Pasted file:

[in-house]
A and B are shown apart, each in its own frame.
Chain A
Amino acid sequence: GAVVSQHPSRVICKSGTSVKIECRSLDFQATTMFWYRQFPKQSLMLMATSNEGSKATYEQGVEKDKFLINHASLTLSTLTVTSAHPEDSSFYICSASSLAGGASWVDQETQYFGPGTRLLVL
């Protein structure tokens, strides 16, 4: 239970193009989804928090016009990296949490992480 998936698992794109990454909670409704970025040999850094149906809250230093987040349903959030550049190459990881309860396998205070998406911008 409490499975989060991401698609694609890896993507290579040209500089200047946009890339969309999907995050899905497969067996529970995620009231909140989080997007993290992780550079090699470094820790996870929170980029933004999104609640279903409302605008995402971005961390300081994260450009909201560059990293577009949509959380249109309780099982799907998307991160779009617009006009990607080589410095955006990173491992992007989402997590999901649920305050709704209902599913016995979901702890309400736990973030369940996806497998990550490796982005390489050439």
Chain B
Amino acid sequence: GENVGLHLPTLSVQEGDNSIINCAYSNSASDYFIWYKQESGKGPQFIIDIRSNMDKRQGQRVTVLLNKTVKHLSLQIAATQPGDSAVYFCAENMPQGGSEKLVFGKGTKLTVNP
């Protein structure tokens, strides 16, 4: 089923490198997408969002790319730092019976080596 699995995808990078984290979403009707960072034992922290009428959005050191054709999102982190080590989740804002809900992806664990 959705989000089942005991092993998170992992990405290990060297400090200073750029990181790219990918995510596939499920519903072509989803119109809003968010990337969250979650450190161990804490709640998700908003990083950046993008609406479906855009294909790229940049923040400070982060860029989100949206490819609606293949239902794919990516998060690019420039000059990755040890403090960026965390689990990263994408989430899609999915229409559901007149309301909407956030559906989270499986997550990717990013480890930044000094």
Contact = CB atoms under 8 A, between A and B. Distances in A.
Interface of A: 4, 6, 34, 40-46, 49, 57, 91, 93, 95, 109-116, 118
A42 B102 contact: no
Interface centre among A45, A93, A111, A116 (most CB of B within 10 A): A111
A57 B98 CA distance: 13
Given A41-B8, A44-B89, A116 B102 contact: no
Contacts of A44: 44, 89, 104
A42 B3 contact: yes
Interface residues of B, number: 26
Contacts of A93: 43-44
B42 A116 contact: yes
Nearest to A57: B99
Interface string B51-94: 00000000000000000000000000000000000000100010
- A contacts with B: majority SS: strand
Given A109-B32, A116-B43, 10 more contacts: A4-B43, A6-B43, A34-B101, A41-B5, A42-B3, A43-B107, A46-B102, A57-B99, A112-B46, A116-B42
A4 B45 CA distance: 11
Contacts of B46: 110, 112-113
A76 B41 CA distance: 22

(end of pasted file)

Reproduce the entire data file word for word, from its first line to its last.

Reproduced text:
[in-house]
A and B are shown apart, each in its own frame.
Chain A
Amino acid sequence: GAVVSQHPSRVICKSGTSVKIECRSLDFQATTMFWYRQFPKQSLMLMATSNEGSKATYEQGVEKDKFLINHASLTLSTLTVTSAHPEDSSFYICSASSLAGGASWVDQETQYFGPGTRLLVL
């Protein structure tokens, strides 16, 4: 239970193009989804928090016009990296949490992480 998936698992794109990454909670409704970025040999850094149906809250230093987040349903959030550049190459990881309860396998205070998406911008 409490499975989060991401698609694609890896993507290579040209500089200047946009890339969309999907995050899905497969067996529970995620009231909140989080997007993290992780550079090699470094820790996870929170980029933004999104609640279903409302605008995402971005961390300081994260450009909201560059990293577009949509959380249109309780099982799907998307991160779009617009006009990607080589410095955006990173491992992007989402997590999901649920305050709704209902599913016995979901702890309400736990973030369940996806497998990550490796982005390489050439």
Chain B
Amino acid sequence: GENVGLHLPTLSVQEGDNSIINCAYSNSASDYFIWYKQESGKGPQFIIDIRSNMDKRQGQRVTVLLNKTVKHLSLQIAATQPGDSAVYFCAENMPQGGSEKLVFGKGTKLTVNP
């Protein structure tokens, strides 16, 4: 089923490198997408969002790319730092019976080596 699995995808990078984290979403009707960072034992922290009428959005050191054709999102982190080590989740804002809900992806664990 959705989000089942005991092993998170992992990405290990060297400090200073750029990181790219990918995510596939499920519903072509989803119109809003968010990337969250979650450190161990804490709640998700908003990083950046993008609406479906855009294909790229940049923040400070982060860029989100949206490819609606293949239902794919990516998060690019420039000059990755040890403090960026965390689990990263994408989430899609999915229409559901007149309301909407956030559906989270499986997550990717990013480890930044000094």
Contact = CB atoms under 8 A, between A and B. Distances in A.
Interface of A: 4, 6, 34, 40-46, 49, 57, 91, 93, 95, 109-116, 118
A42 B102 contact: no
Interface centre among A45, A93, A111, A116 (most CB of B within 10 A): A111
A57 B98 CA distance: 13
Given A41-B8, A44-B89, A116 B102 contact: no
Contacts of A44: 44, 89, 104
A42 B3 contact: yes
Interface residues of B, number: 26
Contacts of A93: 43-44
B42 A116 contact: yes
Nearest to A57: B99
Interface string B51-94: 00000000000000000000000000000000000000100010
- A contacts with B: majority SS: strand
Given A109-B32, A116-B43, 10 more contacts: A4-B43, A6-B43, A34-B101, A41-B5, A42-B3, A43-B107, A46-B102, A57-B99, A112-B46, A116-B42
A4 B45 CA distance: 11
Contacts of B46: 110, 112-113
A76 B41 CA distance: 22